Narendra Modi to U.S. Indians: Come Home, Come Buy

India's Prime Minister Narendra Modi speaks at Madison Square Garden in New York, during his visit to the United States, September 28, 2014 Lucas Jackson/Reuters

Narendra Modi, India's prime minister, made an emotional appeal to Americans of Indian descent to follow Mahatma Gandhi's example and give back to the old country, either by returning to live there or by employing Indians to make goods sold in America. "India has the capacity to dominate the world," he told a packed Madison Square Garden in New York Sunday.

Modi, on a five-day visit to the U.S., told his American supporters that India was no longer a nation of snake-charmers and that he was mounting "a people's revolution" that would mobilize India's 1.25 billion citizens to transform his country. Boasting that 65 percent of Indians were under the age of 35, he said that by 2020 young Indians would be needed to work for the old and the poor in the rest of the world.

But his message to the audience of American immigrants whose families came from India was that they should follow the example of Gandhi, whose protest movement led to the independence of India from British rule in 1947. Gandhi, he reminded his prosperous American backers, was also an immigrant and, trained as an attorney abroad, could have spent the rest of his life living comfortably in Britain or South Africa.

But he chose to return to India and pay back the loan he owed to his country. Modi said it was now time for all Indian immigrants to consider how they should repay their Indian parents, their Indian schools and all the other benefits they have enjoyed from growing up with an Indian culture. They could follow Gandhi's example and return, or could re-engage with India, not least by buying Indian manufactured goods.

He promised U.S. Indians a raft of measures that would make their reintegration with India easier, including lifetime visas and the end of having to check in at a police station during extended stays.

Modi, aged 64, who was elected in a landslide in May this year, promises a market-based revolution, much as Margaret Thatcher is credited with transforming Britain by injecting more free-market ideas into government. His Bharatiya Janata Party (BJP) ousted the Congress Party, run in regal fashion by the Nehru/Gandhi dynasty which, except for a short period of chaotic BJP rule, has dominated India since independence.

He has concentrated on removing red tape from government and business regulations, insisted that government workers start promptly on time and work a full day, and promised that India will become more clean. In his speech he said a top priority was to clean up the polluted holy river the Ganges, which would have an enormous economic benefit to farmers who depend upon it for clean water.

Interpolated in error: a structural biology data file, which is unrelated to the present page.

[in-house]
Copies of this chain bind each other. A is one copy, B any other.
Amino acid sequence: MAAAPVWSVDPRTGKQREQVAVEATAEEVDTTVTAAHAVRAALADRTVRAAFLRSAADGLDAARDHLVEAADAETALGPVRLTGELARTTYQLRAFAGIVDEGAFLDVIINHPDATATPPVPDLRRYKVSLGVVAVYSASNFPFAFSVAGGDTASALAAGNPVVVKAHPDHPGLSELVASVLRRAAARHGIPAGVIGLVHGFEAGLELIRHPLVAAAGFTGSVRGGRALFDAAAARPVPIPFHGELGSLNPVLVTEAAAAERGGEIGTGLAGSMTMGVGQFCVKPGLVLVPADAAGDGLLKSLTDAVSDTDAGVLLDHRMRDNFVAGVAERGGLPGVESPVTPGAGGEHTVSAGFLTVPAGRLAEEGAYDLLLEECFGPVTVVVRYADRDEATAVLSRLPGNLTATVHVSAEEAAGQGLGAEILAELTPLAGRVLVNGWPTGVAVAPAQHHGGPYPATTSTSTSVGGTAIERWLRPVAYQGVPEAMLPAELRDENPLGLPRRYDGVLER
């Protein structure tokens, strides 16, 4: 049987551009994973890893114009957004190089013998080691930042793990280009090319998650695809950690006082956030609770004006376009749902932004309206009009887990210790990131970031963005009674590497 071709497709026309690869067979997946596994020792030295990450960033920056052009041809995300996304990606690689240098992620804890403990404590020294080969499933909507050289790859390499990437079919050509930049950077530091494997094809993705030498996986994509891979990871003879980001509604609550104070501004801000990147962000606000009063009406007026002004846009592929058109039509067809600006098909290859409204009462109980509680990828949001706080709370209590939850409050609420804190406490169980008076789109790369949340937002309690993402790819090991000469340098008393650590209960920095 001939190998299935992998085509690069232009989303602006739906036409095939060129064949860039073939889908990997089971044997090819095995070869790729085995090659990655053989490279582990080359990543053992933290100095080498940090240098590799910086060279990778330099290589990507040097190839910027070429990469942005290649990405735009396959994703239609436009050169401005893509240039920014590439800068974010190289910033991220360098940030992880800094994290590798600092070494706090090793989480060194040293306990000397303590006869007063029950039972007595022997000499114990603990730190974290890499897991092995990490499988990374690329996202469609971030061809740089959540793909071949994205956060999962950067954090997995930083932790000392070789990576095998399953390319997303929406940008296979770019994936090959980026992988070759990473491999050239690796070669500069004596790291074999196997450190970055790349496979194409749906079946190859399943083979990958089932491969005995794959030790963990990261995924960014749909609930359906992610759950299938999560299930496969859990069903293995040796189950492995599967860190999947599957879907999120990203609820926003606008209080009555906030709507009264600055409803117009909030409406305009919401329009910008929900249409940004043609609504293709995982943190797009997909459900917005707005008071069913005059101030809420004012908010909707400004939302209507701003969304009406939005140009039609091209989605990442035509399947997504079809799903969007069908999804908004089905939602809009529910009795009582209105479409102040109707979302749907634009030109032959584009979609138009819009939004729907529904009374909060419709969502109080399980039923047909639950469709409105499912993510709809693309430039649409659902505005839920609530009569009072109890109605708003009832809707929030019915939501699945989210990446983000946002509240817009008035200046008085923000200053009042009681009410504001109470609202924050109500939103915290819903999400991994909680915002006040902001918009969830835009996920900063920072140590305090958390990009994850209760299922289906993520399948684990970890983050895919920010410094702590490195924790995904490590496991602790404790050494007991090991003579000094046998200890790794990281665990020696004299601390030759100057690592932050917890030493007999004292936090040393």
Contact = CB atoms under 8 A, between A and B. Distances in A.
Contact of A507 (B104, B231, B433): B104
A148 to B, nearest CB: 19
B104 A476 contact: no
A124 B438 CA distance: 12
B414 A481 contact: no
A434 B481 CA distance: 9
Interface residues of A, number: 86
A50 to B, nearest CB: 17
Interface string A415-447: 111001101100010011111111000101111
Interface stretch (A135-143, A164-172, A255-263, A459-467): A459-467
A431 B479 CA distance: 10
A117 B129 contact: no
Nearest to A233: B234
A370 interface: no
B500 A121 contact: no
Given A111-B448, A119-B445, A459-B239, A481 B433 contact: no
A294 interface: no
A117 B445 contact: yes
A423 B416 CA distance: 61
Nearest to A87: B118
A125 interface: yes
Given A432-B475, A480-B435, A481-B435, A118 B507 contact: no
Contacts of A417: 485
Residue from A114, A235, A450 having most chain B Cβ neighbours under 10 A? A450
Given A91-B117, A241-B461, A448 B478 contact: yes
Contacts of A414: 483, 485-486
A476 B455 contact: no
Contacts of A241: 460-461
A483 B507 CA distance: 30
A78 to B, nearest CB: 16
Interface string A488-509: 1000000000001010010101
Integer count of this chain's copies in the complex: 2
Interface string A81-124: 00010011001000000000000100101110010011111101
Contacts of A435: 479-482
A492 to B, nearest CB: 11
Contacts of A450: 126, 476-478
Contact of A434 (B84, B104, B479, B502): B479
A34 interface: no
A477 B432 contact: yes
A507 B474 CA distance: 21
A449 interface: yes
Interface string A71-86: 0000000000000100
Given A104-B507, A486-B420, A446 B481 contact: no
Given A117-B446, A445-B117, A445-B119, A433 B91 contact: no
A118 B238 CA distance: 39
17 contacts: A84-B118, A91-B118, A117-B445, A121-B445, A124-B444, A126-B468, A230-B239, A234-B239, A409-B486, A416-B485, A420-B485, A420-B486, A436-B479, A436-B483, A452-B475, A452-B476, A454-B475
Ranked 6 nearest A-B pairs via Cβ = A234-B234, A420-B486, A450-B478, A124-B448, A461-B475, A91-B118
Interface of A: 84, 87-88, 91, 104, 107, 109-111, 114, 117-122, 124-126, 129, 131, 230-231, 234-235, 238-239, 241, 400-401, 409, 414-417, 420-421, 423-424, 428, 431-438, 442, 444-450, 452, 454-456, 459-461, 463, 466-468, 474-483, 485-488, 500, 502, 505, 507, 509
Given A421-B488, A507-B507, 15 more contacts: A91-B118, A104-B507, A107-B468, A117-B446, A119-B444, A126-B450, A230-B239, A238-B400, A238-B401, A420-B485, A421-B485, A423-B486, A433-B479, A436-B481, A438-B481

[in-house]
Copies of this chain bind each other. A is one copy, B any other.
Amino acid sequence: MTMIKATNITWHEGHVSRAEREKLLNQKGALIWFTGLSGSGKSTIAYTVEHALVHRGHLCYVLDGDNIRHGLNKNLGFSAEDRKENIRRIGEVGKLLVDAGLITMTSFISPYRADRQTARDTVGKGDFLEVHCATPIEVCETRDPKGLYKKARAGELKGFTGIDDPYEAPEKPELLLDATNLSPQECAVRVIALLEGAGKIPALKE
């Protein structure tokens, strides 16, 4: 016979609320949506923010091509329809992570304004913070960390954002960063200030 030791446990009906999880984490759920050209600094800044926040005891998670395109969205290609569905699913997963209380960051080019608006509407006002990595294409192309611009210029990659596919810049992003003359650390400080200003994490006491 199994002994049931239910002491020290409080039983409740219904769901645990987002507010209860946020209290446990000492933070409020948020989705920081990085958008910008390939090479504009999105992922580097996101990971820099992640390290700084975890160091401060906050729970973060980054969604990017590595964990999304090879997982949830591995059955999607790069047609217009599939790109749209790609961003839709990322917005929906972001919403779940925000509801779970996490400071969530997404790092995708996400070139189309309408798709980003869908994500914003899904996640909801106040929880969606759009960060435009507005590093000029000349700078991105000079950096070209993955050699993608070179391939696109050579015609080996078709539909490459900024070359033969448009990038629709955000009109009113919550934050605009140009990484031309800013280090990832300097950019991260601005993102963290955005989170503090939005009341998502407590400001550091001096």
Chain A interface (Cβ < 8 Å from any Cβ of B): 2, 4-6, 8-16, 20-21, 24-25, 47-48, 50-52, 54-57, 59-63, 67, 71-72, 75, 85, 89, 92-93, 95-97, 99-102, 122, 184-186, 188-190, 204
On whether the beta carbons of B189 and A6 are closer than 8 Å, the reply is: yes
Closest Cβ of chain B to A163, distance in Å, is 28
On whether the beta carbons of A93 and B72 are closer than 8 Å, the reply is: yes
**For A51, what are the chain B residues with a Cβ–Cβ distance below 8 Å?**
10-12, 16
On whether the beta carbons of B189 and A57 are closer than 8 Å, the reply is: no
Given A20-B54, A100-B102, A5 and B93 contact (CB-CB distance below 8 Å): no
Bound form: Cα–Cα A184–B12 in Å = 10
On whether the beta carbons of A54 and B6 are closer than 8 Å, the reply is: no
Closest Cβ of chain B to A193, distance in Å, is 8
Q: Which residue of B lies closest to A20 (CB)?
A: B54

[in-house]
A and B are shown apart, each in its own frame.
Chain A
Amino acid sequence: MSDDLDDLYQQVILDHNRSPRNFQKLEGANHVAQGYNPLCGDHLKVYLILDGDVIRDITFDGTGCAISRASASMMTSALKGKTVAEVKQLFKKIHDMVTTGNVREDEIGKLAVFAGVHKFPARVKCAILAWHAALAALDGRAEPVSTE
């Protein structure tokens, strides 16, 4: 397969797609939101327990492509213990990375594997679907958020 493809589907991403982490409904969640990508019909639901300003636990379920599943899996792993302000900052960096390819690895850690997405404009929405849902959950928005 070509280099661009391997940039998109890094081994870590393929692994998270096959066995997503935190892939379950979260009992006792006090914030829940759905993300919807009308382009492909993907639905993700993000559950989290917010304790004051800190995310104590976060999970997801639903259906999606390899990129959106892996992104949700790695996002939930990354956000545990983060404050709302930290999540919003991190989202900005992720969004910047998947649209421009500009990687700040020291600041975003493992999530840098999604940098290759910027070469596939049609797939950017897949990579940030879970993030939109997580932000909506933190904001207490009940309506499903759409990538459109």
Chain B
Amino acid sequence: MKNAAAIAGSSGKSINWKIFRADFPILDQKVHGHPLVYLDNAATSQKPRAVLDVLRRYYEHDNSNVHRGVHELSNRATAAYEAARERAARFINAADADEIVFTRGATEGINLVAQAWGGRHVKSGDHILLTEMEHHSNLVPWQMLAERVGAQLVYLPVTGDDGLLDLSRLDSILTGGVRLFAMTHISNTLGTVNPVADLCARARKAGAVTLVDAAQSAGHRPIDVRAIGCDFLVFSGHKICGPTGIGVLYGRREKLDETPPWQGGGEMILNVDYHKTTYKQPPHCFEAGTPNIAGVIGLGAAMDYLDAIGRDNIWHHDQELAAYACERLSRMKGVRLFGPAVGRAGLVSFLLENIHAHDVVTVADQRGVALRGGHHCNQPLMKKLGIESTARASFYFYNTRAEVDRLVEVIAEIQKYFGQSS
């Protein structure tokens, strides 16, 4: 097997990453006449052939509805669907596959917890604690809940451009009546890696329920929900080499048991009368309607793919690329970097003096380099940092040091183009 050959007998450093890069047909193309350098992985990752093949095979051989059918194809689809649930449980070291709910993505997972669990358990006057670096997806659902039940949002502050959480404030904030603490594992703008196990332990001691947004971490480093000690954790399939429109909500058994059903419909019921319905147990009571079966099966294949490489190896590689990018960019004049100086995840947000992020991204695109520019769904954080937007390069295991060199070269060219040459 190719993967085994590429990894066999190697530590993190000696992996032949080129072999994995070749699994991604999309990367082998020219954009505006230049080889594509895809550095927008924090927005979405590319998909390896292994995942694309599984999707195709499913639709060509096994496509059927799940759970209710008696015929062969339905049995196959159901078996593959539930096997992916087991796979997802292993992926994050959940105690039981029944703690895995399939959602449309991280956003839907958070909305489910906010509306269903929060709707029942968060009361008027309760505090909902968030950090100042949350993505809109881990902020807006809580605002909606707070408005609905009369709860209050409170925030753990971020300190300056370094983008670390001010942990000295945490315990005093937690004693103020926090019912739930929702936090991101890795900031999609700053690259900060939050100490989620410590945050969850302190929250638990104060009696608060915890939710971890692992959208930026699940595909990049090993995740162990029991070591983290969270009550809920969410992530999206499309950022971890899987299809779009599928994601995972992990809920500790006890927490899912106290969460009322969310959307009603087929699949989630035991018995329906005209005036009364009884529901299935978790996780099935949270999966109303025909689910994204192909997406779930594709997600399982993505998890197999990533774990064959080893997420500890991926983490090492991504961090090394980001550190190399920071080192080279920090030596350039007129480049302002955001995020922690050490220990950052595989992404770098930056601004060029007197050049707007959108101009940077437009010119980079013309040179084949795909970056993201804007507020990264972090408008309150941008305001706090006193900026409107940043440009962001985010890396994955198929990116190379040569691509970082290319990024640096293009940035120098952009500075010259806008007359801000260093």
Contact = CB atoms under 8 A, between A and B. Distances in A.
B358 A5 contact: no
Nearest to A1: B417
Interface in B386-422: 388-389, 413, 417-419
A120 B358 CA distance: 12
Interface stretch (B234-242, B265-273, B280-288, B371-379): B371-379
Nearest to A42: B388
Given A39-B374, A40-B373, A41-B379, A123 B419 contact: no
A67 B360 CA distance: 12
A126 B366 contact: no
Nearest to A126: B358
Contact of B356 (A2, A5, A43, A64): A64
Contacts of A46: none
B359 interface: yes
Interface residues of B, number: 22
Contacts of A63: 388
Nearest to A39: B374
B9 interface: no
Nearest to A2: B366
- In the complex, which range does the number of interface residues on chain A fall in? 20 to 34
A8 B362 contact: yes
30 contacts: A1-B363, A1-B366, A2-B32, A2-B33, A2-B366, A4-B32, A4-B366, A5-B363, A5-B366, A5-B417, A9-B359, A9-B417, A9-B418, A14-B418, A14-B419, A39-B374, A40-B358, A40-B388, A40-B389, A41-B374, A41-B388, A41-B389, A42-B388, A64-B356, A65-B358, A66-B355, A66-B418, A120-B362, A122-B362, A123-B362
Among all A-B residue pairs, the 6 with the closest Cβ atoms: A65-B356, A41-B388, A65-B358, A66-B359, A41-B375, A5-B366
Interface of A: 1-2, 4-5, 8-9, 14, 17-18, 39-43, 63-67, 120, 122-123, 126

He also pledged that by 2022 -- the 75th anniversary of India's independence from Britain -- every Indian would own their own home.

Indian Prime Minister Narendra Modi addresses the crowd at Madison Square Garden in New York on September 28, 2014 Nicholas Wapshott

Although Modi represents a freeing of business regulations in India, Indians living in the U.S. tend to back the Democratic Party, as was evidenced by the appearance of Senators from two of the states with the largest American-Indian populations. Senator Chuck Schumer of New York and Senators Robert Menendez and Cory Booker of New Jersey, who were on stage to welcome Modi to Madison Square Garden. The name of perhaps the most prominent Republican of Indian descent -- Governor Bobby Jindal of Louisiana, who did not attend the rally -- was greeted with loud boos from around the stadium.

Modi's visit to the U.S. is mired in controversy, thanks to his failure when Governor of the state of Gujarat to prevent a massacre in 2002 of up to 2,000 Muslims or punish those responsible. As a result, Modi was banned from the U.S. and his visa withdrawn when in 2005 he attempted to travel to New York to appear at a Madison Square Garden rally.

Sunday's appearance was therefore a form of vindication for Modi, who has always denied culpability in the massacre or its cover-up. His election as India's premier has overridden his nine-year travel ban and Monday he will meet with President Barack Obama at the White House.

Nonetheless, he was greeted on his arrival in New York, where he addressed the United Nations Saturday, with a lawsuit claiming damages and compensation for descendants of the Muslims killed on his watch. Because he is a visiting head of state, he is immune from civil prosecution while in the U.S.

Apart from his "Make In India" campaign to alert American manufacturers to use Indian labor, Modi comes shopping for arms. An order totaling $3 billion is expected to be made for 22 Apache attack helicopters, 15 Chinook helicopters, 16 multi-task helicopters and 24 Harpoon anti-ship missiles. India is the largest importer of American-made arms.